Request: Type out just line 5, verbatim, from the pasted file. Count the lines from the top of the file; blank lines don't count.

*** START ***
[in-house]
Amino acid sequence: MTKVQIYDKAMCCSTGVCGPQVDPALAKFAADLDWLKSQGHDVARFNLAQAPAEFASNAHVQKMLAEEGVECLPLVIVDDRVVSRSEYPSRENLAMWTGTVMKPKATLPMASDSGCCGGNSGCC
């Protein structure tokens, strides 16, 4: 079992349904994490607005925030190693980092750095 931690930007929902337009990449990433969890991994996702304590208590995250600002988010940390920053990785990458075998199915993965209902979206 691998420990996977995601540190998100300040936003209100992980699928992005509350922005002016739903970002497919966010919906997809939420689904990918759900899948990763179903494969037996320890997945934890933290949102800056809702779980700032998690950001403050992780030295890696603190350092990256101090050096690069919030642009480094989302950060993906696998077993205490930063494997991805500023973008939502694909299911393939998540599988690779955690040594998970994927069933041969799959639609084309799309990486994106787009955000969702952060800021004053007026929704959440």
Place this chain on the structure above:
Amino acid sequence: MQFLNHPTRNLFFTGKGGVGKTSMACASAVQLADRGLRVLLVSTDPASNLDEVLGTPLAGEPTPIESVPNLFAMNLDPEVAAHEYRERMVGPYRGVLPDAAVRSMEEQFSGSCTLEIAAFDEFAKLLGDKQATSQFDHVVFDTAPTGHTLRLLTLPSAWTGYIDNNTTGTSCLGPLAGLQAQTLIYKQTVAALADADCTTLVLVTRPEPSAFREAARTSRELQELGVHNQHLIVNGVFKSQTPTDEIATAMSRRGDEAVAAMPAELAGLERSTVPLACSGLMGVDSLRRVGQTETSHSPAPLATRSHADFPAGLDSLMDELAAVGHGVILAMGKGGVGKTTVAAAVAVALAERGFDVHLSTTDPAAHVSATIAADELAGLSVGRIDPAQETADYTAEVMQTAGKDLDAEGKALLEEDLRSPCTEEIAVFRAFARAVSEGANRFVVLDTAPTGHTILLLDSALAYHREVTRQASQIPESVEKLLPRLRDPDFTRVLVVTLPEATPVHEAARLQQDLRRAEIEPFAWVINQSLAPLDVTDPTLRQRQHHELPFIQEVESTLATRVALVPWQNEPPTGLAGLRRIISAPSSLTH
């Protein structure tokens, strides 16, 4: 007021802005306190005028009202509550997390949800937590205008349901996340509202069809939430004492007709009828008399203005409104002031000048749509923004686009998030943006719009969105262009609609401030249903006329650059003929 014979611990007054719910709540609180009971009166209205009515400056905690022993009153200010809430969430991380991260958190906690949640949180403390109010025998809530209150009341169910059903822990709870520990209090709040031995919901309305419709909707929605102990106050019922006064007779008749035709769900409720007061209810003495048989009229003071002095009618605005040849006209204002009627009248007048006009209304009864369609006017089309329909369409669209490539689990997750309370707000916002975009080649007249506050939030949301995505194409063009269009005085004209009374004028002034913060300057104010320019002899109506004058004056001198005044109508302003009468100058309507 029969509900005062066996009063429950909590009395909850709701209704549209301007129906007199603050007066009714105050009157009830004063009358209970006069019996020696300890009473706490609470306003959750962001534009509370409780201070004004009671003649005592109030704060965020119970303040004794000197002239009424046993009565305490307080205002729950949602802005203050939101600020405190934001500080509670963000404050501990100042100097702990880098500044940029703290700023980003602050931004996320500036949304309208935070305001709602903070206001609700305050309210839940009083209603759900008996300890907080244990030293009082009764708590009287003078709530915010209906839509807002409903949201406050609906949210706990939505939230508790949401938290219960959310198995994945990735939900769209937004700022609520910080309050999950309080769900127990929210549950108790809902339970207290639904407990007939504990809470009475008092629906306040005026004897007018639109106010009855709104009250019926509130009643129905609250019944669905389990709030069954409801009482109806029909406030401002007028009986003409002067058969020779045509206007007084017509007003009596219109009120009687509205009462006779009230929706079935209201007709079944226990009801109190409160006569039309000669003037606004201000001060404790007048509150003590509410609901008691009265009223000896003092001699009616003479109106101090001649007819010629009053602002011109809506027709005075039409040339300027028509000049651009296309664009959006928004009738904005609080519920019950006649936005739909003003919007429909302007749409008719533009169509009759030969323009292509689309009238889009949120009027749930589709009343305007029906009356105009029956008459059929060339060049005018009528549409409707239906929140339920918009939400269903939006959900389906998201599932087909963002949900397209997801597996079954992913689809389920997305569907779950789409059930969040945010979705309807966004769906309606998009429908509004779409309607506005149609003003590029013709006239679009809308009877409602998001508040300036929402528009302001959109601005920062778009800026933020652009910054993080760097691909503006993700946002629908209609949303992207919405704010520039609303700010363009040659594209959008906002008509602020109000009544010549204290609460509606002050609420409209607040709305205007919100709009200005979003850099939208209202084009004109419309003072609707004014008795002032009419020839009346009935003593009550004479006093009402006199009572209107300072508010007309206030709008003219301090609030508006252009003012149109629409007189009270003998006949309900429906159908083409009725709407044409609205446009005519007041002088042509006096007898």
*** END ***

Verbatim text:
Amino acid sequence: MQFLNHPTRNLFFTGKGGVGKTSMACASAVQLADRGLRVLLVSTDPASNLDEVLGTPLAGEPTPIESVPNLFAMNLDPEVAAHEYRERMVGPYRGVLPDAAVRSMEEQFSGSCTLEIAAFDEFAKLLGDKQATSQFDHVVFDTAPTGHTLRLLTLPSAWTGYIDNNTTGTSCLGPLAGLQAQTLIYKQTVAALADADCTTLVLVTRPEPSAFREAARTSRELQELGVHNQHLIVNGVFKSQTPTDEIATAMSRRGDEAVAAMPAELAGLERSTVPLACSGLMGVDSLRRVGQTETSHSPAPLATRSHADFPAGLDSLMDELAAVGHGVILAMGKGGVGKTTVAAAVAVALAERGFDVHLSTTDPAAHVSATIAADELAGLSVGRIDPAQETADYTAEVMQTAGKDLDAEGKALLEEDLRSPCTEEIAVFRAFARAVSEGANRFVVLDTAPTGHTILLLDSALAYHREVTRQASQIPESVEKLLPRLRDPDFTRVLVVTLPEATPVHEAARLQQDLRRAEIEPFAWVINQSLAPLDVTDPTLRQRQHHELPFIQEVESTLATRVALVPWQNEPPTGLAGLRRIISAPSSLTH